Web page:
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ISIS claimed responsibility for New York truck attack

ISIS has claimed that the New York terror suspect is a “soldier of the Caliphate” even though investigators have so far found no evidence of a direct link to the terror group.

by David Gilbert
Nov 3 2017, 9:30am

ISIS has claimed that the New York terror suspect is a “soldier of the Caliphate” even though investigators have so far found no evidence of a direct link to the terror group.

The terror group issued its first official statement since the attack in its weekly al-Naba magazine, released early Friday. The message claims responsibility for the suspect in custody, Sayfullo Saipov, “attack[ing] a number of crusaders on a street in New York City” on Oct. 30. Saipov drove a rented Home Depot van down a bike path in Lower Manhattan and mowed down cyclists and pedestrians, leaving eight dead and 11 injured.

The delay in claiming responsibility for the attack suggests ISIS was not aware of Saipov’s plans ahead of time, and the group offered no evidence of prior links to him. ISIS is known to claim credit for attacks it didn’t know about ahead of time, including Las Vegas shooting last month, where Stephen Paddock shot and killed 58 people from his hotel room.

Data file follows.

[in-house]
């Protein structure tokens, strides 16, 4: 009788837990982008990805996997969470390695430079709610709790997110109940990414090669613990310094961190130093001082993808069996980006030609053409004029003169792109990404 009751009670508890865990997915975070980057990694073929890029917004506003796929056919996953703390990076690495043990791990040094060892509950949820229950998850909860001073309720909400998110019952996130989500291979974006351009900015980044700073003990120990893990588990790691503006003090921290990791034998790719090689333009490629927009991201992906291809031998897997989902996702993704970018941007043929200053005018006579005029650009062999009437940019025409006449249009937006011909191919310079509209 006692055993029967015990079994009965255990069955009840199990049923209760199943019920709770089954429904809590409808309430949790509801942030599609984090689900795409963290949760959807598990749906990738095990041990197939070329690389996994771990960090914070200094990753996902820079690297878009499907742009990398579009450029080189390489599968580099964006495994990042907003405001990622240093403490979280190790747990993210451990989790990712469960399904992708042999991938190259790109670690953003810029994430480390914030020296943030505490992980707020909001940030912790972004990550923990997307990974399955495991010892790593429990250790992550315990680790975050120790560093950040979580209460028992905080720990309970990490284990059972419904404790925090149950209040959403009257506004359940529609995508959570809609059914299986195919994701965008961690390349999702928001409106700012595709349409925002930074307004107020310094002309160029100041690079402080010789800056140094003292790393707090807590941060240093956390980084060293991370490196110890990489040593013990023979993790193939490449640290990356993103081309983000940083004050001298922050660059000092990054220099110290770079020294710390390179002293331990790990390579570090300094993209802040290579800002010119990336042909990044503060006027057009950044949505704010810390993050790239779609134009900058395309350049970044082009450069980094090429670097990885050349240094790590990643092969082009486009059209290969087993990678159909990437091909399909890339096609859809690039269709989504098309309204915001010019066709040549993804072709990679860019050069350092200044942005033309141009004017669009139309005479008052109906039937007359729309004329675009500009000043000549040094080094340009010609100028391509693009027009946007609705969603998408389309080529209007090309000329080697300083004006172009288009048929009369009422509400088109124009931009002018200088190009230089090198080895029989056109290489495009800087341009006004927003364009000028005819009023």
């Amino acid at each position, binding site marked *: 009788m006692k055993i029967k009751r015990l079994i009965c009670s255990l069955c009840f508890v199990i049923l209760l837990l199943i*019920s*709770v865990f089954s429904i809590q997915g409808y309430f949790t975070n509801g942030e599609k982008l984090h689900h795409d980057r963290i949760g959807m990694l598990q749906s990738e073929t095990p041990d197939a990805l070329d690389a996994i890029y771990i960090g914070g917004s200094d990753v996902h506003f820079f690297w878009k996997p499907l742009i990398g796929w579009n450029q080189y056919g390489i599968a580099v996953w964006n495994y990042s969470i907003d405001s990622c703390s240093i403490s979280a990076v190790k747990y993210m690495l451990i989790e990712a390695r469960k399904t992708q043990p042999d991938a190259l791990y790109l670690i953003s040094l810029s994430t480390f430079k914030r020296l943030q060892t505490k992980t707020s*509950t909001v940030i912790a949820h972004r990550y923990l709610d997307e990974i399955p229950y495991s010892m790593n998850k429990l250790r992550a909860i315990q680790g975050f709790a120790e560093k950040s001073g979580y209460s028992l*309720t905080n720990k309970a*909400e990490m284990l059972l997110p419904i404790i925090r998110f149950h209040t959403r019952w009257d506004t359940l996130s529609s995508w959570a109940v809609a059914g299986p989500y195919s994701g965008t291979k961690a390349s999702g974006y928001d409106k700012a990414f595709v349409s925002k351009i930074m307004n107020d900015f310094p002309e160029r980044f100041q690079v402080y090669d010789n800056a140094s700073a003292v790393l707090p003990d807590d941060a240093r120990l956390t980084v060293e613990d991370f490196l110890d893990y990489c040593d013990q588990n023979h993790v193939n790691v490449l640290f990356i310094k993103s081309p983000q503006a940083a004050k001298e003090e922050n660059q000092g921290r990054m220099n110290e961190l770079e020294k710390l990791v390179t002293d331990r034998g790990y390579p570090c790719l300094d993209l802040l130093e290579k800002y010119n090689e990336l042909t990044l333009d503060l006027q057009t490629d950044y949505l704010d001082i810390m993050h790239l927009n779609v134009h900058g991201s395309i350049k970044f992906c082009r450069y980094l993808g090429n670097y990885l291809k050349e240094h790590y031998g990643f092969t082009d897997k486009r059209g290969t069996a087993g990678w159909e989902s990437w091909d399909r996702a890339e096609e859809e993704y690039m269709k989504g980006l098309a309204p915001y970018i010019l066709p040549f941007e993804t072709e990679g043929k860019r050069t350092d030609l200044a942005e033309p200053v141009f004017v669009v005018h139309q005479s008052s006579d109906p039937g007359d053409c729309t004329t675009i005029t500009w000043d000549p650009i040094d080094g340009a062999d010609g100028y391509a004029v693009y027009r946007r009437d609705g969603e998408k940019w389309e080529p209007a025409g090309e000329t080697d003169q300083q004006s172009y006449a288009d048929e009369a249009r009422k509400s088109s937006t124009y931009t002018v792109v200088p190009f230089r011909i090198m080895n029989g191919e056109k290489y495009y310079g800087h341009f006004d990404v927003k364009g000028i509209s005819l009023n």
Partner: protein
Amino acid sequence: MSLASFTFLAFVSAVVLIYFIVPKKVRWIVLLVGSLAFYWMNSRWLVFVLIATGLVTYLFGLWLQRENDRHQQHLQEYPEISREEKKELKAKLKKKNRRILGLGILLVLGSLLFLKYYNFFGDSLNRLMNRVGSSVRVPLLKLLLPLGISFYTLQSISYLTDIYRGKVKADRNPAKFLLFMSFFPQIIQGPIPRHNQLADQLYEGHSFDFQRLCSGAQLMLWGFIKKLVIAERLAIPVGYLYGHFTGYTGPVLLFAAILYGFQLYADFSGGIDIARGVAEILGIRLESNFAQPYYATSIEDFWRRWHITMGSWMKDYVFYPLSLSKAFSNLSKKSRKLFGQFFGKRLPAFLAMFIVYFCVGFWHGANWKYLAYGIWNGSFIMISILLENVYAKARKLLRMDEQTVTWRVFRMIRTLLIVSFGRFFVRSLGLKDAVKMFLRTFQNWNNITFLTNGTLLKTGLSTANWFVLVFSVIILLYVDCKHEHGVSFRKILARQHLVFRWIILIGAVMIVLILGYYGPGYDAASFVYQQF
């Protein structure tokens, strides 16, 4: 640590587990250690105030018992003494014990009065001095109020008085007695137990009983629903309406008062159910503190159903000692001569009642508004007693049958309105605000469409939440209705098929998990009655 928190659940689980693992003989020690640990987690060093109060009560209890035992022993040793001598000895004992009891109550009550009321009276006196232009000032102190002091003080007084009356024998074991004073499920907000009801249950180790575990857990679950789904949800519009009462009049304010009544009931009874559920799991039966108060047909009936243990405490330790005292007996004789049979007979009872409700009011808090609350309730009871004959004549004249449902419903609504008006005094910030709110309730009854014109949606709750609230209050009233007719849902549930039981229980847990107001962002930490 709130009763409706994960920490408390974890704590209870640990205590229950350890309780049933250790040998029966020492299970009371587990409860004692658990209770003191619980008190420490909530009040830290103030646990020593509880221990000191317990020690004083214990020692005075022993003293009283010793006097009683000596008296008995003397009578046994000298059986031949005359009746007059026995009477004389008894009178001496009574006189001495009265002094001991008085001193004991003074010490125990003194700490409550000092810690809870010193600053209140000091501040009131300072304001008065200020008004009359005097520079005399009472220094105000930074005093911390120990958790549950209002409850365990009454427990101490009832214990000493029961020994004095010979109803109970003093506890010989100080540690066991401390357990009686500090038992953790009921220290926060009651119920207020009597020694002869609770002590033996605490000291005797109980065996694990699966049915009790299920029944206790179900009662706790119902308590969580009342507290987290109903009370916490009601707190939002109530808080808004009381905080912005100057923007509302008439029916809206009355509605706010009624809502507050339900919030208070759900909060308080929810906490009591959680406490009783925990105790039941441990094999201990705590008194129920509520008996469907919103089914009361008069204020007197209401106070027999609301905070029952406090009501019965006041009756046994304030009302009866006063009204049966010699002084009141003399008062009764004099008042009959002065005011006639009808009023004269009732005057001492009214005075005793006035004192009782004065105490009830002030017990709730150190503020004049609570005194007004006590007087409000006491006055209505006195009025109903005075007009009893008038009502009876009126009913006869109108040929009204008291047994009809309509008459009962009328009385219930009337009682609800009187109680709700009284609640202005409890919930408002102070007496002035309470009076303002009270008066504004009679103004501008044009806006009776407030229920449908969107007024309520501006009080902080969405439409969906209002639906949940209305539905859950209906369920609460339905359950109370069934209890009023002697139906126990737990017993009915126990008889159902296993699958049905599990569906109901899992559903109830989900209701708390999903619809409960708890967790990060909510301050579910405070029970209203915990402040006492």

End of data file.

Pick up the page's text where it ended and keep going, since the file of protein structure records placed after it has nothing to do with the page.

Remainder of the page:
Saipov, however, left a note at the scene, which declared that he had carried out the attack in the name of ISIS. The 29-year-old Uzbek native told investigators he had been planning the attack for a year after becoming inspired by ISIS videos on his phone.

On Friday morning, U.S. President Donald Trump appeared to suggest he knew ISIS was behind the attack long before the terror group claimed credit. Just hours after the group issued its statement, Trump called Saipov a “degenerate animal” and said the U.S. military “hit ISIS ‘much harder’ over the last two days.”

READ: Trump’s response to the NYC terror attack is everything ISIS wants

The statement in al-Naba also linked the New York attack to the mass shooting in Las Vegas. ISIS said Saipov’s attack was yet another prominent one in the U.S. after the Vegas attack was “carried out by mujahid AbdulBarr Amriki,” according to Rita Katz, director of Site Intelligence Group.

While ISIS was quick to claim credit for the Vegas attack, U.S. law enforcement officials have yet to find any link between Paddock and the terrorist group.

Saipov’s methodology closely follows suggestions made in recent months in the al-Naba biographies of high-profile members and guides on how to carry out attacks and use online messaging tools to avoid law enforcement.

In recent issues, ISIS has heavily promoted the use of rented vehicles to mow pedestrians down, leaving propaganda behind at the scene, and using secondary weapons to continue the attack — all of which investigators believe Saipov did.

Cover image: Eric Fleming, 41, stops by to express his condolences in front of a bike memorial where people leave flowers to remember the victims of the attack on Thursday, Nov. 2, 2017, in New York. (AP Photo/Andres Kudacki)

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